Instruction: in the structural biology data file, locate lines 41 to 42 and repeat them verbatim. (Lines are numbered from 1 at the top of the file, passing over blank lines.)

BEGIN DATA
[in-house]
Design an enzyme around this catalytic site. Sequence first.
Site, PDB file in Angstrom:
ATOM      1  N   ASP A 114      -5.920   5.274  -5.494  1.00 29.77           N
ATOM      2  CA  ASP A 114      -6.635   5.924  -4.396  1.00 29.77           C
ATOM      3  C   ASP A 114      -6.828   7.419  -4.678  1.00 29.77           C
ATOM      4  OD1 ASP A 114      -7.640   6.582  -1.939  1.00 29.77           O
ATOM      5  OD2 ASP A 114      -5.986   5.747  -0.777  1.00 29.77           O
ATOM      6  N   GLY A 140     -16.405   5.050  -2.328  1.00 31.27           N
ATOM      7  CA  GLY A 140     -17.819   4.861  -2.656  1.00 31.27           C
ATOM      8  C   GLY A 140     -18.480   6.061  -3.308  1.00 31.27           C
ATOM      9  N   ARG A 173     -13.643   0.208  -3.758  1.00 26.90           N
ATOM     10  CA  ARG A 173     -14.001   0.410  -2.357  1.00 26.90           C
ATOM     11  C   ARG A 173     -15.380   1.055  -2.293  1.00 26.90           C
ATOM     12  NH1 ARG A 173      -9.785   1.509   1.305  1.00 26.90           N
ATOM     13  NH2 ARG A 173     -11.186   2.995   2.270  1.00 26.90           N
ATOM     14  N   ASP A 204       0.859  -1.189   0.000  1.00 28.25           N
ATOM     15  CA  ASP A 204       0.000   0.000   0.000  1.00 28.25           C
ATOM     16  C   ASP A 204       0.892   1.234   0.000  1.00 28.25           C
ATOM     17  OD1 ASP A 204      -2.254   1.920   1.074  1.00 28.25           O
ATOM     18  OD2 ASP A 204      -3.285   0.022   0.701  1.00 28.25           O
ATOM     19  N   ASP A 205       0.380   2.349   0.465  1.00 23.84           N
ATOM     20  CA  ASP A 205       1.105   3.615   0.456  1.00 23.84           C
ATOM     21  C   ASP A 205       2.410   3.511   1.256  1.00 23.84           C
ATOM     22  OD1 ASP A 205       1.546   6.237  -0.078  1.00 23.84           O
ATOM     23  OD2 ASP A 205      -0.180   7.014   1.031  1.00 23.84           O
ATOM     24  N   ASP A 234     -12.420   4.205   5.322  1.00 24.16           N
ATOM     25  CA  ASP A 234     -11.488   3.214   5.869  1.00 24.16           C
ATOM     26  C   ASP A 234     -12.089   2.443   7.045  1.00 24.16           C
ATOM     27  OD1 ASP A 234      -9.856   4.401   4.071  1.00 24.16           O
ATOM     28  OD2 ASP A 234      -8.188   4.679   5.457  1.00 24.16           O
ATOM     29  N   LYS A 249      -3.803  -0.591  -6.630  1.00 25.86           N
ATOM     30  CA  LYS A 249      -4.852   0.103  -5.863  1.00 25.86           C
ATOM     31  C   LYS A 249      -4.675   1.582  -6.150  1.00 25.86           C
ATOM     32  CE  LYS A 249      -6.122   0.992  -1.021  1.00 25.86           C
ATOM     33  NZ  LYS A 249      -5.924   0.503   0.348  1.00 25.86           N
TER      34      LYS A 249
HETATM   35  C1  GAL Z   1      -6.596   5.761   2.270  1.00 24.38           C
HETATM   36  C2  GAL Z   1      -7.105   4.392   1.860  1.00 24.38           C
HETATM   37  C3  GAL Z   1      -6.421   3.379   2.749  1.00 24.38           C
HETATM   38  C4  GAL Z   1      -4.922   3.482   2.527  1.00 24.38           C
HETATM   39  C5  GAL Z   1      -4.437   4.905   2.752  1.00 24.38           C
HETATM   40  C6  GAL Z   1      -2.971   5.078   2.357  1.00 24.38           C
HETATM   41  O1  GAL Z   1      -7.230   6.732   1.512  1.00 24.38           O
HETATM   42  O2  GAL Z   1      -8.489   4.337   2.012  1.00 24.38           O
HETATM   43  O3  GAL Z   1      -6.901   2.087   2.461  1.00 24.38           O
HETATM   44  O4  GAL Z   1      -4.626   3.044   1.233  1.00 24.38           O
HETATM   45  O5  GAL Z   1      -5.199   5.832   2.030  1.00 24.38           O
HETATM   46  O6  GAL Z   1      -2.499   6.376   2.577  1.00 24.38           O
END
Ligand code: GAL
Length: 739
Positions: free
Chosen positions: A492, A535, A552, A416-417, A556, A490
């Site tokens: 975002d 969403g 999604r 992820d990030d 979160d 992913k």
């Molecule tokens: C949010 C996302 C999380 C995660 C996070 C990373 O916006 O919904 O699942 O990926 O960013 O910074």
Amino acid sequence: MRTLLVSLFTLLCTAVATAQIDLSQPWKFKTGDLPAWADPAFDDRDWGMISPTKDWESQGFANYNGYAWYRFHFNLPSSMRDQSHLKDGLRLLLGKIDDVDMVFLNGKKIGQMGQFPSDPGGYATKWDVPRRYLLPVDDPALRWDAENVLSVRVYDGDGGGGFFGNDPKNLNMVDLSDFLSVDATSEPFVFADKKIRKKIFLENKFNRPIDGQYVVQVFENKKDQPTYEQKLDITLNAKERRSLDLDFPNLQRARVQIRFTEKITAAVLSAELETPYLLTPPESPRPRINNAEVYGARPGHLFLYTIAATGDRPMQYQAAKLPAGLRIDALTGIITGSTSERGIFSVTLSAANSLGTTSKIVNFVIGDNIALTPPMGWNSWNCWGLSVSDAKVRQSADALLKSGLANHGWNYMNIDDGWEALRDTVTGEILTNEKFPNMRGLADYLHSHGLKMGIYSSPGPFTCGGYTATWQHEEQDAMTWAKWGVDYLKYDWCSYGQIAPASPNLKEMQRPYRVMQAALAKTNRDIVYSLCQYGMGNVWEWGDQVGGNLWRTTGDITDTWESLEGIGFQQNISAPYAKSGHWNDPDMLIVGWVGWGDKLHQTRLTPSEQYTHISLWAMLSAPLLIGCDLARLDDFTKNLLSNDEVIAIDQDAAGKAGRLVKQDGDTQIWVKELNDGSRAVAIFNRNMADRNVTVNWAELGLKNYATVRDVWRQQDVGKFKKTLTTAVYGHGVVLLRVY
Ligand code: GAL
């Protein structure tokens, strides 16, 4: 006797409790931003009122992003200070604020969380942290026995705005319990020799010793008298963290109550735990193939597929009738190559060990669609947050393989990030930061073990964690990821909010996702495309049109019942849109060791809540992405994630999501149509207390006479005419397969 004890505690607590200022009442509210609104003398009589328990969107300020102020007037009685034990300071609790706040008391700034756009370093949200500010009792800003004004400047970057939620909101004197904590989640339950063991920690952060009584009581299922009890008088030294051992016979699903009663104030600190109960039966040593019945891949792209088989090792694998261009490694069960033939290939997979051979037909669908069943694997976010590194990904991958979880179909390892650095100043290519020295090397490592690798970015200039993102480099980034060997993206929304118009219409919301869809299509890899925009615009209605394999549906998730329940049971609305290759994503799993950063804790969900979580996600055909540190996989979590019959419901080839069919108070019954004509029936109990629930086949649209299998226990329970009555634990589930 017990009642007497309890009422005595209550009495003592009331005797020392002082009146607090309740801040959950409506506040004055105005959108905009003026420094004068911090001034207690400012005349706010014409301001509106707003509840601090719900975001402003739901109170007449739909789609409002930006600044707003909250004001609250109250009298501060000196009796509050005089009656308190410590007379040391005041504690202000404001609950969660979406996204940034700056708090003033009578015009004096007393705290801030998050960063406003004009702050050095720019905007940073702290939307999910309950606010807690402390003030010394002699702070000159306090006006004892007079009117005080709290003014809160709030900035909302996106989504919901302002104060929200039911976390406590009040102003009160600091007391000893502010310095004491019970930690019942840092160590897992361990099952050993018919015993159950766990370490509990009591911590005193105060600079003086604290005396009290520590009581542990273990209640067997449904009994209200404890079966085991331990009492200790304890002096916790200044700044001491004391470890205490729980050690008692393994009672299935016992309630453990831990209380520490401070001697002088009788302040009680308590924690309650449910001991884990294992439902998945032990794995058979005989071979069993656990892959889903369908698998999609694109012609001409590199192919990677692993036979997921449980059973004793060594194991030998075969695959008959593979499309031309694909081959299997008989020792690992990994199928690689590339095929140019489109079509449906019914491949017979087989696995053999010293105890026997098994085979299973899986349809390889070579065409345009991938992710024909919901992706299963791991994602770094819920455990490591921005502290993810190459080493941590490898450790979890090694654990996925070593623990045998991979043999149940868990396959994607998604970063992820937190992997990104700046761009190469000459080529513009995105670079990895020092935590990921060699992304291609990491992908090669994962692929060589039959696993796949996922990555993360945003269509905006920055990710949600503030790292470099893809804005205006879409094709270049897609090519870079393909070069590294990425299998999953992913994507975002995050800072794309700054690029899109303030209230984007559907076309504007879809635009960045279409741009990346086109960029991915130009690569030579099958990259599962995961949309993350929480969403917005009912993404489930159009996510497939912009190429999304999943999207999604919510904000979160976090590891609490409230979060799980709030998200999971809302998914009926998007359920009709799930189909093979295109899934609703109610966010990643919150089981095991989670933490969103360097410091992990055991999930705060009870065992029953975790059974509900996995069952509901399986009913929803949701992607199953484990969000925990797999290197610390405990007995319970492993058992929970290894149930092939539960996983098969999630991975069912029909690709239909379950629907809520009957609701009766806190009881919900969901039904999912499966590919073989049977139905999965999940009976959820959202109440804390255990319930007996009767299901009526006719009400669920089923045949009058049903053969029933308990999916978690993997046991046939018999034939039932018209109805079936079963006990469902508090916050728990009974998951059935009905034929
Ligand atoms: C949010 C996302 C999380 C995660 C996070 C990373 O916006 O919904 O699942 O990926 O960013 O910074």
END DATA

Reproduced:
HETATM   38  C4  GAL Z   1      -4.922   3.482   2.527  1.00 24.38           C
HETATM   39  C5  GAL Z   1      -4.437   4.905   2.752  1.00 24.38           C